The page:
The tale hit a perfect spot for Fox. Here was a topic that posed serious questions about a politician lionized by many liberals for an audience dominated by conservatives tired of hearing Trump blamed for his pandemic response.

According to Kathleen Bartzen Culver, director of the University of Wisconsin’s Center for Journalism Ethics, “many news media have successfully used personal experiences of workers to report stories about the pandemic.”

When the personal becomes political, she says, it becomes an issue. Journalists are typically prohibited from participating in politics.

Dean spoke to young Republicans in Staten Island at a rally organized by Democratic Assemblyman Ron Kim, another Cuomo critic, during a virtual town hall sponsored by the state GOP chairman.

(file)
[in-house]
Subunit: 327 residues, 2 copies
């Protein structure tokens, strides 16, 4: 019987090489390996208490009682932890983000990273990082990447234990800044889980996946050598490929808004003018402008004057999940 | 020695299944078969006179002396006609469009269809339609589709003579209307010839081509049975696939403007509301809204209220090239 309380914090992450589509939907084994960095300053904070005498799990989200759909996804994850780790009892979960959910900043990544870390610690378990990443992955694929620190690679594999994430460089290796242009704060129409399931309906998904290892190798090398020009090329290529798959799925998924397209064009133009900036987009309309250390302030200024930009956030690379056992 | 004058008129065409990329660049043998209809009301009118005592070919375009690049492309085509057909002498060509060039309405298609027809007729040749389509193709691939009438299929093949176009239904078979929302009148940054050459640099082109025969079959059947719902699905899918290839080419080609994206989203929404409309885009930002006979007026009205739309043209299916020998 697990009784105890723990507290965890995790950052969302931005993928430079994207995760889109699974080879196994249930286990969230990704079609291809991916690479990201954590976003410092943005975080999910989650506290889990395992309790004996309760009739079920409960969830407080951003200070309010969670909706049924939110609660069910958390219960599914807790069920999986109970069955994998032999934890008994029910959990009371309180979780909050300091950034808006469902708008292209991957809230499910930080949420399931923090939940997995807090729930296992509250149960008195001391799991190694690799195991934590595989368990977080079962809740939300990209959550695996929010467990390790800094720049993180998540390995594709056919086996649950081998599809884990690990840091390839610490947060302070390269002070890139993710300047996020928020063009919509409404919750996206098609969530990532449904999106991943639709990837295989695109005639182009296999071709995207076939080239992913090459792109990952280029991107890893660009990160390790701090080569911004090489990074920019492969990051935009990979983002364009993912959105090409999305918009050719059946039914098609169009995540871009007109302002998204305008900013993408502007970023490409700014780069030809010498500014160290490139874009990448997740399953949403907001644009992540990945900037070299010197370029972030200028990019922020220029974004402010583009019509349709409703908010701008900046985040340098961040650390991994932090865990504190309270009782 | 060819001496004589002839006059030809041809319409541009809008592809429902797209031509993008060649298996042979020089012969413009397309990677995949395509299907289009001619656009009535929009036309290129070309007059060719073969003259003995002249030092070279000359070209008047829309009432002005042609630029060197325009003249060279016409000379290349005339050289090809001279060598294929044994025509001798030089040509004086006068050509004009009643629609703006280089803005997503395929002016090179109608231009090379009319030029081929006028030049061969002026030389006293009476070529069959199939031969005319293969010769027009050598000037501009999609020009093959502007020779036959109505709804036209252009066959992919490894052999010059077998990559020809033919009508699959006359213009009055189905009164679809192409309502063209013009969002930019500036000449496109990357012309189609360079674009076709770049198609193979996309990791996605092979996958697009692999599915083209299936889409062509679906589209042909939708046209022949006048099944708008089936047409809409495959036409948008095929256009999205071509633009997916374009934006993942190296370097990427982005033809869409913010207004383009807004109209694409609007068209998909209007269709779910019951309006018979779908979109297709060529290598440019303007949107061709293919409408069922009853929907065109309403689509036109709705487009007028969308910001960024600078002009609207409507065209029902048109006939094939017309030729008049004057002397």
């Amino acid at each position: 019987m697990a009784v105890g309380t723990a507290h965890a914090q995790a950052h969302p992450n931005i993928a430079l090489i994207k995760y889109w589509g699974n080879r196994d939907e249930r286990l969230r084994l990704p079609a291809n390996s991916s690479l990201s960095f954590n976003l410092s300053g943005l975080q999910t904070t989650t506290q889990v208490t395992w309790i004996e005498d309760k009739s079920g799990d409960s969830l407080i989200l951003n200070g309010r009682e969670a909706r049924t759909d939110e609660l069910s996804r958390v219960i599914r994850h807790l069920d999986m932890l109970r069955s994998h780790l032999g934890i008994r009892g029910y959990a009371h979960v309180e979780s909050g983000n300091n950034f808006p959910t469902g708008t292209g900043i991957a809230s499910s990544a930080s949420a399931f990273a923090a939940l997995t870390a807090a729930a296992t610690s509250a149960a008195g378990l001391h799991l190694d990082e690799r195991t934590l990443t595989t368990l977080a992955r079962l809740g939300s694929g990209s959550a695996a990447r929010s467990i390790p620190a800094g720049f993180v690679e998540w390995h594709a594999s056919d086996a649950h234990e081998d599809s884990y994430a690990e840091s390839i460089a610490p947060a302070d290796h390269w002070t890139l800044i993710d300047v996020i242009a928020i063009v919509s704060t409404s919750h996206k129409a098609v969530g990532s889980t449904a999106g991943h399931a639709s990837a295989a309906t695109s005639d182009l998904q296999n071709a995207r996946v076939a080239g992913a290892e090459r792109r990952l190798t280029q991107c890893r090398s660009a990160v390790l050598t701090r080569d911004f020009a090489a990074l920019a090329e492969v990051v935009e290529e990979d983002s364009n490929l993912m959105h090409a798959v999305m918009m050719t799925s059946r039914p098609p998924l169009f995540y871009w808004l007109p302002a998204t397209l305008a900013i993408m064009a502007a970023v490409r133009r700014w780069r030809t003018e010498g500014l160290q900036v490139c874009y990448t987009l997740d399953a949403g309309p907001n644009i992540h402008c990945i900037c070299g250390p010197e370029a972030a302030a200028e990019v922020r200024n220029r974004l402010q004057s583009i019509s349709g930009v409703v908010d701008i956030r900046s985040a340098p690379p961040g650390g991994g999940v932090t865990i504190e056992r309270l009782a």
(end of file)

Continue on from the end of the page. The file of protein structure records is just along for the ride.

Fox refused to make a senior executive available to discuss Dean. Dean is not a news writer, according to a spokesperson, and is speaking about a subject that has had a significant impact on her family.

Dean claims that her Fox bosses have been fully supportive.

“Obviously, it’s an awkward place for them because I’m the meteorologist and all of a sudden I’m thrust into this job of being an advocate,” she explained. “However, my family was impacted at the end of the day. And I believe that if there are no people who have a voice in this, that is an important role to play.”
Andrew Cuomo is covered in detail.

She wrote a report for Fox News three days before Valentine’s Day last month titled “Cuomo’s COVID nursing home policies robbed my in-laws of their 60th wedding anniversary.”